Today I officiated at a special VIP wedding of Tokugawa Yoshinori, a descendent of the family of the shoguns who ruled Japan for centuries until 1867. The years 1603-1867 are known as the Tokugawa Era, or “Tokugawa Jidai” in Japanese, marked by Japan’s almost total isolation from the outside world. Imagine what it’s like for children of the Tokugawa family today going to school and learning about their own family in Social Studies and History. Maybe what they learn in school is quite different from what they learn at home.
Yoshinori is in his 30s and works for some branch of the Mitsubishi Corporation conglomerate. He is not a direct descendent of the last shogun, but rather the son of a nephew’s or a cousin’s line. But his uncle, who was sitting in the front row of the chapel next to his parents was a direct descendent and the current head of the household. I could pick him out immediately because his body shape, face shape and receding hairline made him looked like he stepped right out of a print in a history book. It felt weird to be in the midst of such power, history and wealth. Imagine if you attended a party in Guelph hosted by one of Queen Elizabeth’s sons or grandsons. Not Prince Charles, but one of the other princes. This wedding was a Christian affair because the bride, Miss Wada, is a Christian. That leaves the question of why they were not being married in her own church, but I figured it was so that they could use the hotel’s spacious and elaborate banquet hall.
Every woman in the chapel was wearing a kimono. In usual weddings there are only a couple, or a handful of kimonos, because they are expensive and difficult to wear. It’s kind of a hobby of mine to make wagers with the choir girls before the ceremonies start about how many kimonos there will be and then to count them at some point of the service. I can talk while looking around thinking about other things. It’s risky, though, if I’m thinking about something else while speaking in another language. It’s a perfect way to throw myself off, so I usually save the kimono counting until the guests are filing out of the chapel.
The Tokugawa women today were dressed to the nines. I was wondering what the men would be wearing - hakama with obi and decorative swords? No, they were just in tuxedoes and normal suits. There were a lot of terribly fit looking old people.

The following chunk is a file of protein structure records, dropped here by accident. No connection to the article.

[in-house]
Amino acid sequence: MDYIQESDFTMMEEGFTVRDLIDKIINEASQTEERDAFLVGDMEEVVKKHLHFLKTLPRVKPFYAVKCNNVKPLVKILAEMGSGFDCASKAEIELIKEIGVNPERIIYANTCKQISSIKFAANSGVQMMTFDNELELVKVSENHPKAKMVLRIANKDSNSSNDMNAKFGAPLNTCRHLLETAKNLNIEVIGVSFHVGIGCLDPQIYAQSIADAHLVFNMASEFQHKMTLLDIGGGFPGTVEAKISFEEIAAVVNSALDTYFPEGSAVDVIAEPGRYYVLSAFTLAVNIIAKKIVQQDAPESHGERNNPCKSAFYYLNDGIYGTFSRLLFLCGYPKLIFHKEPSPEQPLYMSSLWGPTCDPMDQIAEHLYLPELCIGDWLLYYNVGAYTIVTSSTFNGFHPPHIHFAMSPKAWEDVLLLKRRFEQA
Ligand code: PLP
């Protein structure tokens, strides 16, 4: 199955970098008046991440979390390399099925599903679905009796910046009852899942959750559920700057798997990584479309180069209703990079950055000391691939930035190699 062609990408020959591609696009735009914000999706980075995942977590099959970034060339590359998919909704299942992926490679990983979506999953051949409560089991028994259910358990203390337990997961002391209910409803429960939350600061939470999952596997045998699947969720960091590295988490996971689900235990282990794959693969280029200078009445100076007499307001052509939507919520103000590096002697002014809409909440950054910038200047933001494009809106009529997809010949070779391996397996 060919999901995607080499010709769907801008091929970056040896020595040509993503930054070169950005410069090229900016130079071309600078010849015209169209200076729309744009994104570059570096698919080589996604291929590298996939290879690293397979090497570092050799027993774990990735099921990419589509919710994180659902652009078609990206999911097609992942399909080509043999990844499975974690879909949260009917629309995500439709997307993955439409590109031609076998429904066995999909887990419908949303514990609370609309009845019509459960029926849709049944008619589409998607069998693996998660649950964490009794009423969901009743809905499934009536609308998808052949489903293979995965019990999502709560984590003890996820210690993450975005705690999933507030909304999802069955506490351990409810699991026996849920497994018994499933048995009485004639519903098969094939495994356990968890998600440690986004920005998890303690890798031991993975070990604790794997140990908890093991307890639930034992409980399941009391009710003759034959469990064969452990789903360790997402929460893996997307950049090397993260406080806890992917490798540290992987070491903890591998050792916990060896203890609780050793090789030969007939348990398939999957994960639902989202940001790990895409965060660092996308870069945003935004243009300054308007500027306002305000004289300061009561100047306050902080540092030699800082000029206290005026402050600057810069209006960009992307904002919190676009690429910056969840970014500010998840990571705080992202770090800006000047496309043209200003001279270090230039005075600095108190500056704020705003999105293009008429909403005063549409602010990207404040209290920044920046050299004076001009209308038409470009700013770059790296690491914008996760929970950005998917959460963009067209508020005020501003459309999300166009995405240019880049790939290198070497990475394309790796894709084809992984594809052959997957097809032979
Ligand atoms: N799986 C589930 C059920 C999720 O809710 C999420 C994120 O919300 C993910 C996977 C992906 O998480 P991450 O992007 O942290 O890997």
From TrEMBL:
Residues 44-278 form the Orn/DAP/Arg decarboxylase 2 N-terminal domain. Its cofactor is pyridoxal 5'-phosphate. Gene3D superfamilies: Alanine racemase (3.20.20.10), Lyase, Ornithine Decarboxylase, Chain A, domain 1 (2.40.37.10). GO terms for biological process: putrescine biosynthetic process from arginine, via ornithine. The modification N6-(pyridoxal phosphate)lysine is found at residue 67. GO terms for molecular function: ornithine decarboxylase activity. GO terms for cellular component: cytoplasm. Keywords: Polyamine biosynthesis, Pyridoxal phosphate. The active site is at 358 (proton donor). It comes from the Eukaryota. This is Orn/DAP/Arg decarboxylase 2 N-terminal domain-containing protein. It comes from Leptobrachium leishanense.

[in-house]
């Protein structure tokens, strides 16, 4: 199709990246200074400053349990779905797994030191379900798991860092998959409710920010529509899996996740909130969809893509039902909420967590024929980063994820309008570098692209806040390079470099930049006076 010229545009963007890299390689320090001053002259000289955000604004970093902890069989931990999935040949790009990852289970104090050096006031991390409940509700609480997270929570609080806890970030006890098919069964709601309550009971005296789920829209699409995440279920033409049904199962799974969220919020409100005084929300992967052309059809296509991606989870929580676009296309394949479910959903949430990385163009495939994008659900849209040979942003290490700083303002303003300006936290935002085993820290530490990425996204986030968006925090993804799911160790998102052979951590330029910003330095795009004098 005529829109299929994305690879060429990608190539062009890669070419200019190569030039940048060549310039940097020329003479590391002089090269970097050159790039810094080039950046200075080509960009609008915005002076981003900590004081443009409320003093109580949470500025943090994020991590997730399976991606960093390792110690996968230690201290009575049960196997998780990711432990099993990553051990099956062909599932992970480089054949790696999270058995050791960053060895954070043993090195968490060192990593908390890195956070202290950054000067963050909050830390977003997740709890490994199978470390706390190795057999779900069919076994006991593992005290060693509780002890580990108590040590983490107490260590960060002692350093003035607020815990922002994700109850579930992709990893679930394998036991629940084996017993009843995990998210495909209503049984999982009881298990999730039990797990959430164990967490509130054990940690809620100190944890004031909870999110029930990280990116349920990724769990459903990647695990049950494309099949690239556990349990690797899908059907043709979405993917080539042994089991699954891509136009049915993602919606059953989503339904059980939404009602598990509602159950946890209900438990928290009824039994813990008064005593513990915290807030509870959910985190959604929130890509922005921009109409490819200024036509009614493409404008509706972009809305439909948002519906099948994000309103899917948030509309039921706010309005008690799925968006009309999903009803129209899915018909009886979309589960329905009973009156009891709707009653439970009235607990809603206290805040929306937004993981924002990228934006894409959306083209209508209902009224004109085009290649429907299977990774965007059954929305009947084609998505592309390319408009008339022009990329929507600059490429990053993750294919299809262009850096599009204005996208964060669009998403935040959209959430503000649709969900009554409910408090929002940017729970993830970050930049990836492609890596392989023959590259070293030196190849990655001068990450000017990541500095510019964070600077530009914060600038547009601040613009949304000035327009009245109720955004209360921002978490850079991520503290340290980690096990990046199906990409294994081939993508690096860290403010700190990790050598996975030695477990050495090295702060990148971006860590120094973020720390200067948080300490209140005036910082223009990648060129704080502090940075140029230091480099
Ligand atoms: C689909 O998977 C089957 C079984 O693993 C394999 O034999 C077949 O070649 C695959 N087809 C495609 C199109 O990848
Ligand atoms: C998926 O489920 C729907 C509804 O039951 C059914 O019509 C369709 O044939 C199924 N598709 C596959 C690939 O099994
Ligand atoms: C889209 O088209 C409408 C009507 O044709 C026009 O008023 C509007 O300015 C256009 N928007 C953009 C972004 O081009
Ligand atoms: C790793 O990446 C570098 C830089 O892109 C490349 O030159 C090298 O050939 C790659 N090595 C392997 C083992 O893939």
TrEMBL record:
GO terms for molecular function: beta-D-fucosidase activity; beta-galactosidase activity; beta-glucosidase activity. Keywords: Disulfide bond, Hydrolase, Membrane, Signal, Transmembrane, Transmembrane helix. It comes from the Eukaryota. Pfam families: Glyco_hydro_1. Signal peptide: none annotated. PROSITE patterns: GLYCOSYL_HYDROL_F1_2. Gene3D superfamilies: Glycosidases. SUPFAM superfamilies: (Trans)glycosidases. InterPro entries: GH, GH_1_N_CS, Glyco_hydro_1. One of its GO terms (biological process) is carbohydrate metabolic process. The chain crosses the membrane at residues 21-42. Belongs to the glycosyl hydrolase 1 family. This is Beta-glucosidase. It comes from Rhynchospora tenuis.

The chapel can hold 72 people, but we can squeeze in 82 if we must. But the banquet hall - on the same floor as the chapel and just down a long, carpeted corridor - can seat over a hundred, so there are usually more guests attending the luncheon or dinner party than the wedding ceremony itself. On this occasion some Imperial Family members were attending the dinner party. Not the Emperor and Empress, but some lower level princes. So there was tight security - serious looking guys in dark suits with ear pieces stuck in their ears for listening to each other over closed circuit radio, walking around in a group with pencils and papers looking over everything and inside every cupboard and door, and talking in serious, low voices with high level hotel representatives. I recognized the General Manager, the head of Human Resources, and the head of Restaurant Service - people I know on sight. I didn’t see any Imperial Family members myself. It’s none of my business and I’m not likely to see them anyway. And, they probably would not arrive until just dinner time. And, even if I did see them I wouldn’t recognize them. The only Imperial Family members I would know on sight are the Emperor and Empress and their two sons, Crown Prince Naruhito and Prince Akishino, none of whom are the least likely to attend an event like this wedding.
Before 1867 the Tokugawa family occupied Edo Castle in central Tokyo - had done for 250-years - while the Emperor, or “Mikado,” resided at the Kyoto Imperial Palace, called “Gosho” in Japanese. With the “Meiji Restoration” of 1867 and the beginning of Japan’s modern era the Meiji Emperor took up residence in Edo Castle - the Imperial Palace in central Tokyo - that is visible outside the windows of the chapel on the hotel’s 27th floor - and the Tokugawa family retired to their home territory in Mito City, Ibaraki Prefecture, where many of them still live.